GOP votes may help Hillary Clinton

March 18, 2008 1:08:51 PM PDT
After years of battling the Clintons, it's surprising to find a significant number of Republican voters now supporting Hillary Clinton's nomination.

Today the Boston Globe reported on exit poll numbers showing a major shift by GOP voters.

It could be Republicans are hoping that Hillary Clinton will be the Democratic nominee, it could be they just want to prolong the battle between Clinton and Barack Obama.

Either way a growing number of GOP voters are voting for Clinton. And on Monday, Bill Clinton told Good Morning America the popular vote should be a factor in determining the nominee.

In an interview with ABC's Robin Roberts, former President Clinton said the nomination shouldn't automatically go to the candidate with the most pledged delegates.

"If Hillary wins the popular vote but can't quite catch up with the delegate votes, then you have to just ask yourself which is more important and who is more likely to win in November," said former president Bill Clinton.

Clinton still trails Obama in the popular vote, but she has a better chance of catching him there than in the delegate count. Particularly with the help she's been getting from registered Republicans.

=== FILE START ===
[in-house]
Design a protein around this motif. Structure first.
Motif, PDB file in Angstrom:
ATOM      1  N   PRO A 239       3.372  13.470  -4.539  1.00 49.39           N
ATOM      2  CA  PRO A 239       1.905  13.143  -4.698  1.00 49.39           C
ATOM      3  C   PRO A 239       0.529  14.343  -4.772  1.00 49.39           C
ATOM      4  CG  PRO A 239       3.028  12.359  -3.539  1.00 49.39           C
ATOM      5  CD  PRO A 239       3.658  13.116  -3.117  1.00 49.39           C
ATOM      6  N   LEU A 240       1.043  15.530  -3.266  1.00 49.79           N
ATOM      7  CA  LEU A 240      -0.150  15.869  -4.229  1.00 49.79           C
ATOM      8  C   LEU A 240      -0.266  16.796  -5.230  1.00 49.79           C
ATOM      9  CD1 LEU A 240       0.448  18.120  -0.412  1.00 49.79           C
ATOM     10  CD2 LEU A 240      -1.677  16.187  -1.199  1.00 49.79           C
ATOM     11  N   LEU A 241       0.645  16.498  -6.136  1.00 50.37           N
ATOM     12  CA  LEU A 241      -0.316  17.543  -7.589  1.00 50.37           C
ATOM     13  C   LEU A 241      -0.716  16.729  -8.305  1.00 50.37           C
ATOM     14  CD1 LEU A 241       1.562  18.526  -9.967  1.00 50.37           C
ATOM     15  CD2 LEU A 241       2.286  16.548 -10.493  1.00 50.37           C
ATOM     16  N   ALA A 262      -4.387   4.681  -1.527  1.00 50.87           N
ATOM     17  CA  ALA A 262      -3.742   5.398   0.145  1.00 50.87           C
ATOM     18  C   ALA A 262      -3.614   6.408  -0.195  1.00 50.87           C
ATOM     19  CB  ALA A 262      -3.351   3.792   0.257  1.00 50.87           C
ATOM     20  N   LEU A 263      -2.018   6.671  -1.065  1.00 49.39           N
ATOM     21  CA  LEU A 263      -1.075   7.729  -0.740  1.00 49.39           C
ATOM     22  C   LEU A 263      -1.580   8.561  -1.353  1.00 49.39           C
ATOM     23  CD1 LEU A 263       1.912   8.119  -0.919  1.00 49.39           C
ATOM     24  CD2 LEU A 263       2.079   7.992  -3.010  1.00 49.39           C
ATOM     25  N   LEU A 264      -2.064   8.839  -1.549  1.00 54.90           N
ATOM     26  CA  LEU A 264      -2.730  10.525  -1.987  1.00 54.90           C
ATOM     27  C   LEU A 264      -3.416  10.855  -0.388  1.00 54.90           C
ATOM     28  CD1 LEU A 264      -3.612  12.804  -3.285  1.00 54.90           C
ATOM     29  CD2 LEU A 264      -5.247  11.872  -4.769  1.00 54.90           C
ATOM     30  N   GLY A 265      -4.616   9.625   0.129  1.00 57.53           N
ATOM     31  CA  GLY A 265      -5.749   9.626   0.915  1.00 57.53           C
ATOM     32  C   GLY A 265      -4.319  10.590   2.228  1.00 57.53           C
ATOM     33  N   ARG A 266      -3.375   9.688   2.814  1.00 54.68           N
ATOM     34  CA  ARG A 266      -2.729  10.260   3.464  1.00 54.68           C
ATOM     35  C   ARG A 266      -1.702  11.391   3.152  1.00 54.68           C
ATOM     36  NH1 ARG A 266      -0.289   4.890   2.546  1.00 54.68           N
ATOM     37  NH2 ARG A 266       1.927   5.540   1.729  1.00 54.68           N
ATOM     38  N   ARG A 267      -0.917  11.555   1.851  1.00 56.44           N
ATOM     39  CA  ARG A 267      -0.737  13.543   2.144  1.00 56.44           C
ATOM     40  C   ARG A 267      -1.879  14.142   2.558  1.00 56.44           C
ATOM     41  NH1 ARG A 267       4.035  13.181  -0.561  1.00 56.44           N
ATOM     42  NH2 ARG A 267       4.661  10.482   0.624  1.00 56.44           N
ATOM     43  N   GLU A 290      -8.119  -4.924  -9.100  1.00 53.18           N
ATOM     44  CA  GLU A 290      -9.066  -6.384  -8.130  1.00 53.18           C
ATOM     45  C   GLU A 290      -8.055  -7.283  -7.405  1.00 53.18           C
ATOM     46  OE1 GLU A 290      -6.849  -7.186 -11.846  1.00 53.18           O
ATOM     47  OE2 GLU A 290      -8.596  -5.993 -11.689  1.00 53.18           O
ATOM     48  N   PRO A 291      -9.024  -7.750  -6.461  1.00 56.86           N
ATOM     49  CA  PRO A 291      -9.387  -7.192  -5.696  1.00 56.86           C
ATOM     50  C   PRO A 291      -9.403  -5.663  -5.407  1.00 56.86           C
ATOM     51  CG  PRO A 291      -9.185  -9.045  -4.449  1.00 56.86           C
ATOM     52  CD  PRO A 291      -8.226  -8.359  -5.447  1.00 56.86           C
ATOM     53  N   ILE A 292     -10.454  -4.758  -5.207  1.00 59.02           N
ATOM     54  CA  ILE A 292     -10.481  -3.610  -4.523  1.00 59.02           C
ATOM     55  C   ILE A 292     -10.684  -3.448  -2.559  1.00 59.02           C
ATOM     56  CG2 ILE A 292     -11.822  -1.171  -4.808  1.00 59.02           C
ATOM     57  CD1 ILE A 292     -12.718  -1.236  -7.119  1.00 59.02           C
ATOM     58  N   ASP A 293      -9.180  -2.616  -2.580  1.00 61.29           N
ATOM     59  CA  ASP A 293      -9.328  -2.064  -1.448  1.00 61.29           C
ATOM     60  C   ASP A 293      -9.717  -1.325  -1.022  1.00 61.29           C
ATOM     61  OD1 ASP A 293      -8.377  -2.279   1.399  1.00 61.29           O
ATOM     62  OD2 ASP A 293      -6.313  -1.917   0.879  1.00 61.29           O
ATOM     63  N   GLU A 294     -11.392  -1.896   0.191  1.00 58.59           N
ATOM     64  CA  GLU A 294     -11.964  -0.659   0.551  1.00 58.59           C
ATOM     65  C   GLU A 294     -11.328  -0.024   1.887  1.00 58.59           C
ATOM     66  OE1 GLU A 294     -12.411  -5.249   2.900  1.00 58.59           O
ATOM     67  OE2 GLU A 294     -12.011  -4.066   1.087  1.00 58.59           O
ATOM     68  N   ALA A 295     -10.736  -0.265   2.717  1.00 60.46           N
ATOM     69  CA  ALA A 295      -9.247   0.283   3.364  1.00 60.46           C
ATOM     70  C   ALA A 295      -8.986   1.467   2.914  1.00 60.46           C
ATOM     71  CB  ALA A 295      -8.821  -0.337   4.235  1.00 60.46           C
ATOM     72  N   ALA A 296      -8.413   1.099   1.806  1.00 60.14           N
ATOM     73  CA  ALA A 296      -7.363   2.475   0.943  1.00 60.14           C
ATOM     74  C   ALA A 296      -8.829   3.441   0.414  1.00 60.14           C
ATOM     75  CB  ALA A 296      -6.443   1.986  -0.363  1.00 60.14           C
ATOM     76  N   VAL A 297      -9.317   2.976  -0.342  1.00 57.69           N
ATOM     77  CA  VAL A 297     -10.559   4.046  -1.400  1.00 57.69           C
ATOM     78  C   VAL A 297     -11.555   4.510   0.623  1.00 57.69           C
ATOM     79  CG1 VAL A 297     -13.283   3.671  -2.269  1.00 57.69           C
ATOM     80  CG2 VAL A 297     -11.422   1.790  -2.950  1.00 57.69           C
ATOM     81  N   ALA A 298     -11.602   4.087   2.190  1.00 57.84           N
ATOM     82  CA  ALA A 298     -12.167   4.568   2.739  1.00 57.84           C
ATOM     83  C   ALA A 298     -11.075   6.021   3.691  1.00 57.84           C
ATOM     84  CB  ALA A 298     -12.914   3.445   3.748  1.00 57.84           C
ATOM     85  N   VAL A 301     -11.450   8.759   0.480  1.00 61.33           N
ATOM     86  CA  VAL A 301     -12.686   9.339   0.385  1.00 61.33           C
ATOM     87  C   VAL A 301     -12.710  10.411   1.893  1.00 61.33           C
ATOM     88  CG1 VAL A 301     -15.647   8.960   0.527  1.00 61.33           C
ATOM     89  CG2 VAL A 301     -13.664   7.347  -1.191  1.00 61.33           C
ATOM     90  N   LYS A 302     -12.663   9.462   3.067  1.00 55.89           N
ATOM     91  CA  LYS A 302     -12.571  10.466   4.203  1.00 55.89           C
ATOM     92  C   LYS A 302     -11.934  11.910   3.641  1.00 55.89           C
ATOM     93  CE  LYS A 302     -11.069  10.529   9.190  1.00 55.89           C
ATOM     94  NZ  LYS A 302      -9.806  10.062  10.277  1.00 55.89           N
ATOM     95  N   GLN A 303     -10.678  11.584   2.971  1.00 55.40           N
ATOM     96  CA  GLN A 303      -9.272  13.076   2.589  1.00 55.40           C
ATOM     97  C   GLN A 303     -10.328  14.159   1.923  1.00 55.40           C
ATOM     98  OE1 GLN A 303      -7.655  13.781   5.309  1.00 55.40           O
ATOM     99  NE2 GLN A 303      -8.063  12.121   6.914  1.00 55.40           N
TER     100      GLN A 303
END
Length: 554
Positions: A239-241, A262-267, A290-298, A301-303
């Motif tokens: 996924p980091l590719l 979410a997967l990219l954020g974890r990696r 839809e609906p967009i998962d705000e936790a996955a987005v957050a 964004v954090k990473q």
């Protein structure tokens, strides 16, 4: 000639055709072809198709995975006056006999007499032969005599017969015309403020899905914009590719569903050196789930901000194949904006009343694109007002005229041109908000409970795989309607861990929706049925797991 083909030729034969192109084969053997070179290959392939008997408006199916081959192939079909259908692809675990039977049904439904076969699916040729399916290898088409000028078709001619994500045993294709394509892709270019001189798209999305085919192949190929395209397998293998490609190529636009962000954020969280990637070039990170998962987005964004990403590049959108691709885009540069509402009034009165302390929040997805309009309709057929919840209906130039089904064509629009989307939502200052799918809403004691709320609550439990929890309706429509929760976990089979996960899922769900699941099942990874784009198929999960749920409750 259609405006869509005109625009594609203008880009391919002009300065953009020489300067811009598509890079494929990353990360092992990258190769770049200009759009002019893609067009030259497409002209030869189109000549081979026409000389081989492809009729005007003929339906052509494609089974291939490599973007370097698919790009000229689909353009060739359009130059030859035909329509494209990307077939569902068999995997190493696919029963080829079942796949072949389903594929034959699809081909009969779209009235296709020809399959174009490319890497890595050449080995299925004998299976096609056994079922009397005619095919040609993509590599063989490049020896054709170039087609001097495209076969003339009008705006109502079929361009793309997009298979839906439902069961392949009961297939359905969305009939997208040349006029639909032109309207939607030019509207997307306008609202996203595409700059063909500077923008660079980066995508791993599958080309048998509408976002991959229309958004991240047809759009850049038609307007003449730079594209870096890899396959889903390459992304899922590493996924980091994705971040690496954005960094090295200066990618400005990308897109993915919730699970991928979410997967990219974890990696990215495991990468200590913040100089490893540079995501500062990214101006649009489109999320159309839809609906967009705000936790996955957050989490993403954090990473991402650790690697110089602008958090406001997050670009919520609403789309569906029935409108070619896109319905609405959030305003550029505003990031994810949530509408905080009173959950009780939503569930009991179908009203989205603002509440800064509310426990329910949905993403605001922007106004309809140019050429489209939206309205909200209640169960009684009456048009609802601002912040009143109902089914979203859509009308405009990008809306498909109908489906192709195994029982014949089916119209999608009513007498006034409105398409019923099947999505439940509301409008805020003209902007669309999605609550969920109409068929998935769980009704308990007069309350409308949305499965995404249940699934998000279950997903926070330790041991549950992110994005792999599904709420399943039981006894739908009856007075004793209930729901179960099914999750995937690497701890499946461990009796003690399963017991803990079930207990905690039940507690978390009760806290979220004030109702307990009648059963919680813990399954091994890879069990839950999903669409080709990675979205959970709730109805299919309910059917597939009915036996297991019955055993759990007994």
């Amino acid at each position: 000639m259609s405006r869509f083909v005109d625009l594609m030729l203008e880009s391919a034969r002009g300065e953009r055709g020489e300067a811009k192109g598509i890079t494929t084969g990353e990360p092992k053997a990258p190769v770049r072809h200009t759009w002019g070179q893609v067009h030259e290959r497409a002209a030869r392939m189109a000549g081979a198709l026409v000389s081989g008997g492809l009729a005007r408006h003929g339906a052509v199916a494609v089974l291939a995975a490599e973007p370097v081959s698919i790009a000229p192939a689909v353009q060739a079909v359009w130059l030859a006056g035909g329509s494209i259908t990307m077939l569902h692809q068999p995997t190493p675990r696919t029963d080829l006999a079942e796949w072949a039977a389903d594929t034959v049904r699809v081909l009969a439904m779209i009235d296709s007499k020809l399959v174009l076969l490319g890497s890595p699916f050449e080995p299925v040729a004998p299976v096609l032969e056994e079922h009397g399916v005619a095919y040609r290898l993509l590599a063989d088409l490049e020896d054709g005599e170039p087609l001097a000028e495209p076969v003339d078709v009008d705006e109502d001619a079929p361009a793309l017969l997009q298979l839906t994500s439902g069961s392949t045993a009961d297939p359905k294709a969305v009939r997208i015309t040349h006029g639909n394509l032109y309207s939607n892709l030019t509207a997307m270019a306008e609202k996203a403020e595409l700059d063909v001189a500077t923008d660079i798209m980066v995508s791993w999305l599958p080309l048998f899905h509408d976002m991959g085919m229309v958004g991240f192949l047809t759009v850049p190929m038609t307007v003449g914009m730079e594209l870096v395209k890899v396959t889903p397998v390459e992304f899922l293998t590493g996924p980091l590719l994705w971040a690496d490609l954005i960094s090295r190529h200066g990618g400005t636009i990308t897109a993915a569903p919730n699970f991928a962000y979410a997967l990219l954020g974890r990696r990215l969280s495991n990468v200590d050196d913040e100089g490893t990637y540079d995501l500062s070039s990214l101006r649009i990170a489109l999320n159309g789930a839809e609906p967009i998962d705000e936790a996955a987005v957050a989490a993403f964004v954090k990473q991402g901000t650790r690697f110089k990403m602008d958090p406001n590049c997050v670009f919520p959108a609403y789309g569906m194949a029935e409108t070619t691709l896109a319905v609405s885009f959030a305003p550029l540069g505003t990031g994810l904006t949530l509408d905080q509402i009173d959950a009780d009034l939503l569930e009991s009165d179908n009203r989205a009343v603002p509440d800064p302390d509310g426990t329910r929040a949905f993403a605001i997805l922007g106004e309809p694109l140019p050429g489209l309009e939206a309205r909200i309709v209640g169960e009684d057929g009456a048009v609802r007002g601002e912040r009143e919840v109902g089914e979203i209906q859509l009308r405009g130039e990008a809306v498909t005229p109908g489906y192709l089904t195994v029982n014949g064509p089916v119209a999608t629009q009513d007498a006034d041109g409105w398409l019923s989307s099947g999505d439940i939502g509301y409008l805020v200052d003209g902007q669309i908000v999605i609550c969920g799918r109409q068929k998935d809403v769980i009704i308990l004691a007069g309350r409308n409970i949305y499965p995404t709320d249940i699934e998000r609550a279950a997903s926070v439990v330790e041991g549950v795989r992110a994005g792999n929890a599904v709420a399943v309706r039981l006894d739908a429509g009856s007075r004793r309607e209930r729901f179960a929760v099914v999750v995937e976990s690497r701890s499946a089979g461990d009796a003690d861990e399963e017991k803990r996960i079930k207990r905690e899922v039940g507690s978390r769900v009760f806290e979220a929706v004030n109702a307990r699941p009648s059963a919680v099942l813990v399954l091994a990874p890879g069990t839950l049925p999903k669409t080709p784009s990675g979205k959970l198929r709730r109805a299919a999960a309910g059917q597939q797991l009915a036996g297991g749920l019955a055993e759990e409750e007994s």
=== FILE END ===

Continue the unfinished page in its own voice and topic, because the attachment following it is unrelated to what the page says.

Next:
In Ohio 100,000 registered Republicans voted for Clinton, in Texas 119,000 and in last week's Mississippi primary, 38,000.

With John McCain securing the Republican nomination, conservative talk radio hosts like Rush Limbaugh have been urging Republicans to vote for Clinton to prolong the Democratic primary battle.

And it appears to be working. In Texas and Ohio, GOP votes amounted to nine-percent of the Democratic contest -- that's double the average from earlier primaries.

In Mississippi, Republican votes in the Democratic primary rose to 12 percent, and they favored Clinton three to one.

San Francisco attorney Tony West is a member of Barack Obama's Leadership Council.

"Well I certainly think the Democratic nominee ought to be nominated by the Democratic voters," said attorney Tony West from Obama's Leadership Council.

ABC7's Mark Matthews: "How do you sort that out?"

"I think we'll have to see where we are with that at the end of the day. I do think this will be determined by the number of delegates that one side or the other has," said West.

ABC7 political analyst Bruce Cain says if Republicans continue to vote in the Democratic primaries in big numbers it is trouble for the Democrats.

"That's just going to add a huge amount of controversy on top of what is already a very bad controversy inside the Democratic Party so it is not welcome news at all," said ABC7's Political Analyst Bruce Cain.

Of the nine remaining contests, only three are open primaries allowing registered Republicans to vote on the Democratic ticket.

Those primaries are Indiana, Montana and Puerto Rico. Next month's big contest in Pennsylvania is a closed primary. Only registered Democrats will be allowed to vote on the Democratic ticket.